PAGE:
We read with interest an article in The New York Times on 12/5/12 entitled “To Stop Climate Change, Students Aim at College Portfolios”. In short, there is growing movement among college students lobbying the overseers of university endowments to purge investments in fossil fuel companies. This effort is being compared to the anti-apartheid campaign to pressure endowments to divest from companies doing business in South Africa. Endowments and their consultants are obviously reluctant to completely divest their fossil fuel investments as there is significant benchmark risk associated with avoiding such a large swath of the investment universe.
In a recent whitepaper, we have argued that energy is the lifeblood of economic growth. Cheap and abundant energy is necessary to foster economic development in emerging economies. And as the population in these emerging economies raises their standard of living, consumption of energy increases. The conundrum is that the cheapest and most abundant source of energy today is fossil fuel. Complete avoidance of fossil fuel companies, as suggested by the activist college students, is difficult today without profoundly negative economic impacts. Yet the engagement of the student activists also highlights the fact that fiduciaries also have an obligation to consider the environmental impact of burning fossil fuels. The answer is to supplement portfolios with investments that can mitigate and eventually solve these significant environmental issues.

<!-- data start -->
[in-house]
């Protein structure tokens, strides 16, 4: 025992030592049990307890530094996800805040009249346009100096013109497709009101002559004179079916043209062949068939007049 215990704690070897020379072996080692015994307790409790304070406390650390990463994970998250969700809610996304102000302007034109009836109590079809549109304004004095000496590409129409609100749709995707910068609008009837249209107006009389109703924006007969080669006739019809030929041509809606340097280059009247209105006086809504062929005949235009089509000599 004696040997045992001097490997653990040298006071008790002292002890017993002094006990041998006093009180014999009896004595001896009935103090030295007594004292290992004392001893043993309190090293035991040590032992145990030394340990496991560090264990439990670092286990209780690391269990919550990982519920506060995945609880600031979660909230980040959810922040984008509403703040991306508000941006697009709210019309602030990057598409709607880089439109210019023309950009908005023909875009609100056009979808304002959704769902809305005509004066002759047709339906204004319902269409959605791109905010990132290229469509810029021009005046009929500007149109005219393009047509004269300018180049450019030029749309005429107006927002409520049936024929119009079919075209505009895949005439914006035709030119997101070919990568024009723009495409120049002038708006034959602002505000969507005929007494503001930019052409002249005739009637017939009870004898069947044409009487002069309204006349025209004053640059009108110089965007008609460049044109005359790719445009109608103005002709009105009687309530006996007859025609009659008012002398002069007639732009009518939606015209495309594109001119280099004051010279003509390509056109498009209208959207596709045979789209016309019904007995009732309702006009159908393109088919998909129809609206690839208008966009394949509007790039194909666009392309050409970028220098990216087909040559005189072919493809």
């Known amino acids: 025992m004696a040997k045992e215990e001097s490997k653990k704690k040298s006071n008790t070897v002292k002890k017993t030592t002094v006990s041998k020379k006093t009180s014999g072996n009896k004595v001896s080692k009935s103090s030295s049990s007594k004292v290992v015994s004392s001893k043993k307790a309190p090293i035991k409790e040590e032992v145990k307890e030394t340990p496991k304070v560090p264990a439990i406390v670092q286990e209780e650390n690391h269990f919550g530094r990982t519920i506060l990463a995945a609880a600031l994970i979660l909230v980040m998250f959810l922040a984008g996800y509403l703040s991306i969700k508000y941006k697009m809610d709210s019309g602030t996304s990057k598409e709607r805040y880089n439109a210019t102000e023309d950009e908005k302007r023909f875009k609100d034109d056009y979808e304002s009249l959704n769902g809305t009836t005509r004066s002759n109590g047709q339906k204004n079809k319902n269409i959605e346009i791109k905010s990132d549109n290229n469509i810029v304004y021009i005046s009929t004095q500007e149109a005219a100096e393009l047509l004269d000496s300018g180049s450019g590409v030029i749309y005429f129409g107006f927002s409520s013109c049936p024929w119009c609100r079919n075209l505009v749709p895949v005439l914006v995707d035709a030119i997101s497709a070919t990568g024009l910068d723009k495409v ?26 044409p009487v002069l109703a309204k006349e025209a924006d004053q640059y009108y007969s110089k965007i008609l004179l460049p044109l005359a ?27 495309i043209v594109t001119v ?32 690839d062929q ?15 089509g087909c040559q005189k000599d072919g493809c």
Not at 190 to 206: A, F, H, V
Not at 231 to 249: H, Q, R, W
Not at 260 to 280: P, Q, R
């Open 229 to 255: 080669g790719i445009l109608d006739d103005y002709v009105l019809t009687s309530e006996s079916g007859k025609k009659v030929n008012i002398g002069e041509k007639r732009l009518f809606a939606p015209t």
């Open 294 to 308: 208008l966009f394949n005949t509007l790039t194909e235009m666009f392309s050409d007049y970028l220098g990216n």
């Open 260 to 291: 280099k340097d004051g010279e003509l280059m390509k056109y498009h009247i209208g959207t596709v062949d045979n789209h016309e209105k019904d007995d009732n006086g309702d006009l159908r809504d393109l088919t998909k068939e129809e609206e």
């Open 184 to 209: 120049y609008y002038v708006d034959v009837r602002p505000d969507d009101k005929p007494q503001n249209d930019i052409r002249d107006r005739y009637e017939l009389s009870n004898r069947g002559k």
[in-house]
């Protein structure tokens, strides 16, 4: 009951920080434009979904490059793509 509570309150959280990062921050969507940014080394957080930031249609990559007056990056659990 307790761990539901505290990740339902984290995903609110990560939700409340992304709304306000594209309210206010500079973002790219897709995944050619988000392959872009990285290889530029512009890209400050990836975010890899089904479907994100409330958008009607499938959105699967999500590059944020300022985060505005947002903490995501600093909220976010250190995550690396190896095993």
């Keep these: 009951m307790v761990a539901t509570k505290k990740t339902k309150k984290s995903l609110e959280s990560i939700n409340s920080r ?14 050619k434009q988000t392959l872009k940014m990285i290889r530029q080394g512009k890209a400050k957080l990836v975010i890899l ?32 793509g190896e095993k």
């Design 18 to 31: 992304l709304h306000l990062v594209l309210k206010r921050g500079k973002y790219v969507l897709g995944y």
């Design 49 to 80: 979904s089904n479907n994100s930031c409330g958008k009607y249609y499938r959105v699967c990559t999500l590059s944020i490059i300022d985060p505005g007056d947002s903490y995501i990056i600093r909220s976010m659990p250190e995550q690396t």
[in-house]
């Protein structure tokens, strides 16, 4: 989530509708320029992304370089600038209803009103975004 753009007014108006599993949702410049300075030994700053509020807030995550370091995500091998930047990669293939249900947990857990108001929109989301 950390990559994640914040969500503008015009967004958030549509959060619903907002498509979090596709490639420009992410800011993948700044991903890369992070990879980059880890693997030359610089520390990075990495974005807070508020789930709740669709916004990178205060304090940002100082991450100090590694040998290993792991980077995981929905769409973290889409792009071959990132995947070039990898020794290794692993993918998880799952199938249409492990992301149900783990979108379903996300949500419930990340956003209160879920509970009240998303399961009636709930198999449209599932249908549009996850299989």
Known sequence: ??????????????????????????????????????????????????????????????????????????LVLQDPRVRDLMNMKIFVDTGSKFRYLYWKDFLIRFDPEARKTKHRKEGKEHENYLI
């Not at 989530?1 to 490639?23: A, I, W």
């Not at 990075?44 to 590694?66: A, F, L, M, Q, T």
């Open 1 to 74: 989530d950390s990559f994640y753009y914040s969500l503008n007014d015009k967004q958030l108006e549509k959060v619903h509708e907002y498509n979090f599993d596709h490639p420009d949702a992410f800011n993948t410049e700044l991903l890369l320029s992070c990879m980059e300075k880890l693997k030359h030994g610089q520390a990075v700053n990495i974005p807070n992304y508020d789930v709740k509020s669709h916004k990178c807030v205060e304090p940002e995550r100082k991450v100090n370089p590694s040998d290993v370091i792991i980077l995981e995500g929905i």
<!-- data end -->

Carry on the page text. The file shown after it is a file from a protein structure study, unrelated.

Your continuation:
For the near term at least, the world still needs fossil fuels. But we can mitigate the associated environmental risks through intelligent investment in new technologies that will make the use of the existing fuels cleaner, through investment in energy efficiency initiatives, and through new development of economic sources of clean and sustainable energy. Essex’s Global Environmental Opportunities Strategy (“GEOS”), which invests in companies tackling these challenges, is positioned at the nexus of finance and the environment – we pursue impact investing with economic returns on capital. Endowments and consultants have a responsibility to consider investment opportunities and not merely avoid risks.